• You can apply pressure to the wound if needed, while watching the victim. If they appear to turn blue or complain of more difficulty breathing, you may be occluding the passage of air out of your dressing. Check it and possibly loosen it up.
  • For other large puncture injuries, such as in the abdomen, a tampon can be used to fill the hole and bandaged around it. Remember to remove the plastic and use the cotton. The string left out will help medical crews retrieve it later for surgery. This is the same practice as “wound packing”, which uses gauze pads instead.

Likewise if you have an abdominal injury where the guts (viscera) might be showing, best thing here to do is:

  • Do NOT force the guts back into the hole. If they’re not placed in the chest cavity right circulation could be cut off or infection can set in.
  • Place plastic wrap over the guts and the wound and cover it. You don’t need to tape it; you can apply your dressings over the top, which will allow the blood to be soaked up.


In this part, we’ve learned how to deal with several types of injuries and how to treat them using common household items. In medicine, everything is a “practice” and everything is subject to different ways of doing things. Each one of these items we’ve discussed has been used successfully and can be employed by someone with minimal medical training. Again, if this is of concern, get some training! Anything is better than nothing.

About M.D. Creekmore

M.D. Creekmore is the owner and editor of He is the author of four prepper related books and is regarded as one of the nations top survival and emergency preparedness experts. Read more about him here.


  1. Thanks for the post Chris. Lots of great information. I look forward to part 2. Cheers.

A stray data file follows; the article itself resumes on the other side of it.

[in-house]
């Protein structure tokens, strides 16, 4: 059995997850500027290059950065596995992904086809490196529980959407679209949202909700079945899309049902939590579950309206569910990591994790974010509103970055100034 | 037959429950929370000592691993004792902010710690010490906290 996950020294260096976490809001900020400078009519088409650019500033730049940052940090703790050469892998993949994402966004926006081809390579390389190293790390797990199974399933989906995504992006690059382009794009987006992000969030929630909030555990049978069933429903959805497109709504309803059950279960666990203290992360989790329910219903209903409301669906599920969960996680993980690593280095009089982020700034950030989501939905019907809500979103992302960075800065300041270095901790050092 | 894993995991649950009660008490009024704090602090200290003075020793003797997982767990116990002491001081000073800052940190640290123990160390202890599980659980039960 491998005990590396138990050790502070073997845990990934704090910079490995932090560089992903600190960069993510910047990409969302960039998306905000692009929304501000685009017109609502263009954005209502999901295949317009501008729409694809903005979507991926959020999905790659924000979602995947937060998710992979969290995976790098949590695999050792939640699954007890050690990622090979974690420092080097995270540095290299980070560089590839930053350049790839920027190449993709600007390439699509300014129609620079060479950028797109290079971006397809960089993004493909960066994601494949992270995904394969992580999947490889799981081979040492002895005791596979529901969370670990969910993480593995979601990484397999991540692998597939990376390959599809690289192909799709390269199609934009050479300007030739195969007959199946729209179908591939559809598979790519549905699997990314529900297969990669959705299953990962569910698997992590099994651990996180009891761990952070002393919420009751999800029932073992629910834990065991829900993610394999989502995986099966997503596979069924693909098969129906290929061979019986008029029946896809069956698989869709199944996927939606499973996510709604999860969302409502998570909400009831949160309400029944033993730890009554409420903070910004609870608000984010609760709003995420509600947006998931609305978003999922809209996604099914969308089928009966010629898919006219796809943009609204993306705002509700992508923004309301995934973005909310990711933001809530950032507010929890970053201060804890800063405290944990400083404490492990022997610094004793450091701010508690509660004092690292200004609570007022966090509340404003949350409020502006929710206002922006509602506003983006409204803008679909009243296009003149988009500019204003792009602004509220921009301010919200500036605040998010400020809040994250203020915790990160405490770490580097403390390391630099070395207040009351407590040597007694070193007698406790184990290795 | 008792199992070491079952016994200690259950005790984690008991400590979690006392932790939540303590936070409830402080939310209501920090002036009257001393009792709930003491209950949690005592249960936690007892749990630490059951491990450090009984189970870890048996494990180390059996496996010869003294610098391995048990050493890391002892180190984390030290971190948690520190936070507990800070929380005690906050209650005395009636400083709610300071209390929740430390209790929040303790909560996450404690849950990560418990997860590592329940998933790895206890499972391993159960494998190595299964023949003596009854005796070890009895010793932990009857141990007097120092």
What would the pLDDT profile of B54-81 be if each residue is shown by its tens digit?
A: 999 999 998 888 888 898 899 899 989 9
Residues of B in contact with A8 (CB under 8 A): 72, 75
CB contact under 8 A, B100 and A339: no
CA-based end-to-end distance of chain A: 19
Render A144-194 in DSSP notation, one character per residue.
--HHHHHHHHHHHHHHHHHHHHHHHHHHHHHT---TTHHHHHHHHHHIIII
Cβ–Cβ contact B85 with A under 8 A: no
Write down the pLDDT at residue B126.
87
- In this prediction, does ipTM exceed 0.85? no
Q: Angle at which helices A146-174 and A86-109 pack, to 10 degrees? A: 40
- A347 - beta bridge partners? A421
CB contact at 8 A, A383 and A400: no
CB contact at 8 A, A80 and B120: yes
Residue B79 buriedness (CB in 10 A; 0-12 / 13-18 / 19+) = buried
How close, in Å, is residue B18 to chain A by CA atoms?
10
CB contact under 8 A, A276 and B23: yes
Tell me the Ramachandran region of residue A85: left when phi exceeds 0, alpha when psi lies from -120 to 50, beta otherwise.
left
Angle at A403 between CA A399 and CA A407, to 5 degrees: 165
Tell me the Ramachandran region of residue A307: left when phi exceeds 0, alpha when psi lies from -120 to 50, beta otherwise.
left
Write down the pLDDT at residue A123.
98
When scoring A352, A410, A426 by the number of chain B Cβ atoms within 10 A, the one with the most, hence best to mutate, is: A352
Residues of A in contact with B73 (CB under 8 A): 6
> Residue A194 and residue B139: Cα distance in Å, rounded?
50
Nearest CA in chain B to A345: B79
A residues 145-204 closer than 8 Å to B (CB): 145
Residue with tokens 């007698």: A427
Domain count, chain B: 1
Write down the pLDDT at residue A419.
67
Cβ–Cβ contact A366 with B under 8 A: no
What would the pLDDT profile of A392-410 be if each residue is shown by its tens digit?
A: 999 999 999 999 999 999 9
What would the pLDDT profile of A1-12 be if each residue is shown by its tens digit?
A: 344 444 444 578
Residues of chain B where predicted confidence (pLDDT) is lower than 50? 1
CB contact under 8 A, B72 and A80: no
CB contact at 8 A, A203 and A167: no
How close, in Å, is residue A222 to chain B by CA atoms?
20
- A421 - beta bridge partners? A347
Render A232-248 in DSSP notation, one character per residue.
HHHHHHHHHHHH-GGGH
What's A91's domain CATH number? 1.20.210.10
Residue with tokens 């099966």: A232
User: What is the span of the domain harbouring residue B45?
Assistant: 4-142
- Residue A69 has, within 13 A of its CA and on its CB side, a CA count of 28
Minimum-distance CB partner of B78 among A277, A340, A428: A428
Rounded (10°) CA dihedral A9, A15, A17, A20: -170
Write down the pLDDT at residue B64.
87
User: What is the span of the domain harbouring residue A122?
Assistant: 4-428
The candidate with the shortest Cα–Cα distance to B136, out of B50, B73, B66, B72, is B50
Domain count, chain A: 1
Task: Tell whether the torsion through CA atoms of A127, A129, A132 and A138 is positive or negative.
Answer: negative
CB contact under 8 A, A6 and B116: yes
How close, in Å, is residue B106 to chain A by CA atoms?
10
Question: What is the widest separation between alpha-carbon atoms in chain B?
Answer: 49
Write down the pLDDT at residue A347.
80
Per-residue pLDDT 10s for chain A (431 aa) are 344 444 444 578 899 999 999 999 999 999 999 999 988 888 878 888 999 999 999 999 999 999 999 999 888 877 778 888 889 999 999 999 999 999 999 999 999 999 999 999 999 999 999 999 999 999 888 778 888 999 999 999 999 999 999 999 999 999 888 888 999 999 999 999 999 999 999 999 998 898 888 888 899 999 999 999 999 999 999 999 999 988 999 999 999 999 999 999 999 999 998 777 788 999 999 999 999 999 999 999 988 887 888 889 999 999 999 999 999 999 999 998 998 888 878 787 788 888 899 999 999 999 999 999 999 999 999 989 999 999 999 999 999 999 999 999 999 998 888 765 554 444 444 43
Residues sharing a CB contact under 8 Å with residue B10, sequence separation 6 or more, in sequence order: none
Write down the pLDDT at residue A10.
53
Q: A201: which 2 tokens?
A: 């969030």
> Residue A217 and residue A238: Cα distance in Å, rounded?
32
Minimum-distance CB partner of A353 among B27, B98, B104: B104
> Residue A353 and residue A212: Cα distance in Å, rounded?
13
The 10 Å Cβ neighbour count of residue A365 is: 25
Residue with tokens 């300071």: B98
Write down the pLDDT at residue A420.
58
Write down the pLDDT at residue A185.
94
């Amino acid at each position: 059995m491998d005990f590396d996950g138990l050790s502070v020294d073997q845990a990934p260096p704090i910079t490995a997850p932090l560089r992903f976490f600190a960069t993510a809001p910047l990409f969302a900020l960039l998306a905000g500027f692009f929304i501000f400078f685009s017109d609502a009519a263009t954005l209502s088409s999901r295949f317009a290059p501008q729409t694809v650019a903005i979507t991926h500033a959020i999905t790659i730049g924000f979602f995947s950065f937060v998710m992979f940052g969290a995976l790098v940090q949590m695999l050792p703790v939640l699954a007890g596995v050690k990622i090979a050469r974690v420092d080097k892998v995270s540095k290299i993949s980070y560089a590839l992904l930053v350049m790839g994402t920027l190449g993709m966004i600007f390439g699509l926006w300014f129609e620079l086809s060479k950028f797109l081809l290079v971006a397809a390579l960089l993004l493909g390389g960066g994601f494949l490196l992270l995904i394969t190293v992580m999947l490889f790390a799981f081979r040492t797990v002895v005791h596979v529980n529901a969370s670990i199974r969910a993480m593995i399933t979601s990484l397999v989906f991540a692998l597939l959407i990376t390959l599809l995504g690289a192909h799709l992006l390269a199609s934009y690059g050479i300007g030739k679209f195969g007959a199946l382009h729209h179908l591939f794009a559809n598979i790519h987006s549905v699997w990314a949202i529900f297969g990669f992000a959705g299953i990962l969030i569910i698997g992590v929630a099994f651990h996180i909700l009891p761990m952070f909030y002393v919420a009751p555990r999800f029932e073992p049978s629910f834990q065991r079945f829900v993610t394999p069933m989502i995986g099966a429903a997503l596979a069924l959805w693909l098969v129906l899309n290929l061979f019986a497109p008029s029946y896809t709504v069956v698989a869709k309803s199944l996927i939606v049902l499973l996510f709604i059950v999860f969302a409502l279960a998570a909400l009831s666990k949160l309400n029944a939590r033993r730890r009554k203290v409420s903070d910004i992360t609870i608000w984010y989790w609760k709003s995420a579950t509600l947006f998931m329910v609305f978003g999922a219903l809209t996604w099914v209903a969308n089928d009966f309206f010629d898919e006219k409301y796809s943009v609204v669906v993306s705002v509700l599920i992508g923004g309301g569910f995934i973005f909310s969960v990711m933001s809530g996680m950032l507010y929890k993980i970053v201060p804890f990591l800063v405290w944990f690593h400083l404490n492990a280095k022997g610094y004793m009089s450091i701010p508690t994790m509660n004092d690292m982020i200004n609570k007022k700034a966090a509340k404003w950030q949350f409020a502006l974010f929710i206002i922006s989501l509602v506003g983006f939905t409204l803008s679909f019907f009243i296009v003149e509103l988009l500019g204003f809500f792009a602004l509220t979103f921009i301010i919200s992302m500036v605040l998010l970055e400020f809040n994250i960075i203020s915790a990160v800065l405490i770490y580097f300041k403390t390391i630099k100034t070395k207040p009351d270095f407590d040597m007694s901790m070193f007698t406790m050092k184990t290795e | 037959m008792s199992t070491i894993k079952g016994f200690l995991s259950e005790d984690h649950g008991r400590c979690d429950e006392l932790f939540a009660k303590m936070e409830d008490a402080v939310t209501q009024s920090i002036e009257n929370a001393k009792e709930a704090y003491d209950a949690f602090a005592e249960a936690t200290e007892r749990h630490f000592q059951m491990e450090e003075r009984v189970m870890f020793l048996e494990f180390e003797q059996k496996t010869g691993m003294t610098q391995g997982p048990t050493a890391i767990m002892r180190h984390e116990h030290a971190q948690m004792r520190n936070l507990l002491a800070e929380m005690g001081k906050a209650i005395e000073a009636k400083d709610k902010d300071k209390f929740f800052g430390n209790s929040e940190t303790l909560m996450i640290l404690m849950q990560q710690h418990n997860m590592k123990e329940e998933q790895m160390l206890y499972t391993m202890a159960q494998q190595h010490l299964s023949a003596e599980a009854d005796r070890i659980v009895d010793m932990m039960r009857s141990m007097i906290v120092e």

2. Wow Chris, absolutely incredible article. Copied and pasted into WORD and printed for my first aid binder. Thank you.

    • Lint Picker (Northern California) says:

      You don’t have to copy & paste. Mr. Creekmore includes a print button at the end of each guest post. Thus making it very easy to print these articles. Look for the little green printer-friendly symbol at the end of Chris’s post, click on it and then you can print just the article.

      • Found the little (and its is small) icon – Thanks LP and Mr.C – printed this bad boy up and into the binder it went , also found when my local fire dept. is having free training. Dragging my Lady and the hellspawn that is my pride and joy daughter with me to it. (evil laugh here)mhahahaha……

        just sayin…

      • really like this tidbit of info thanks

  3. tim williams says:

    Awesome info. I agree 100%. As an OIF vet and medic for 8+yrs I hope my stamp of approval means something. I cannot stress enough how important practice is, Especially for bleeding control and chest wounds. IQ goes out the window under stress. ALL YOU HAVE LEFT AFTER IQ GOES IS MUSCLE MEMORY!!! Getting training is good but remember its frangible – use it or loose it! Practice with an ace wrap or duct tape on yourself often. Experience often how much force with how many wraps it takes to start to cutting off circulation on an arm or leg. See how much more a leg takes. Google places you can feel your pulse. These pulse points are places you can press to stop bleeding downstream. FEEL how hard you have to press to cut of circulation. Improvise and practice with (don’t cut your circulation all the way off in practice) tourniquets. Look online at different designs for ideas. Tourniquets aren’t rocket science but when someone you love is spurting blood and your IQ has gone bye bye is not the time to try and improvise one. The Army has gone to tourniquet first where the limb joins the trunk; ask questions later for extremity injuries. I agree with this and I’ve had good success with it in the field. Tourniquets work best and do the least damage over the long bones that are close to the trunk on arms and legs, the big extemity arteries are closer to the surface and easier to compress against the denser muscles and bones close to the trunk, it gives you time to think which is really hard to do under stress. It allows you to see from exactly where and why someone is bleeding. This greatly simplifies bandaging. Once the bandage is applied the tourniquet is slowly loosened and the wound checked, rechecked, then checked again etc., reinforced as needed with the goal of getting rid of the tourniquet. One last thing. Don’t get hung up on an injury. Look at and care for the whole person. Be positive and encouraging. Will to live trumps all! Without it you can probably die from a paper cut. Don’t forget to check the back.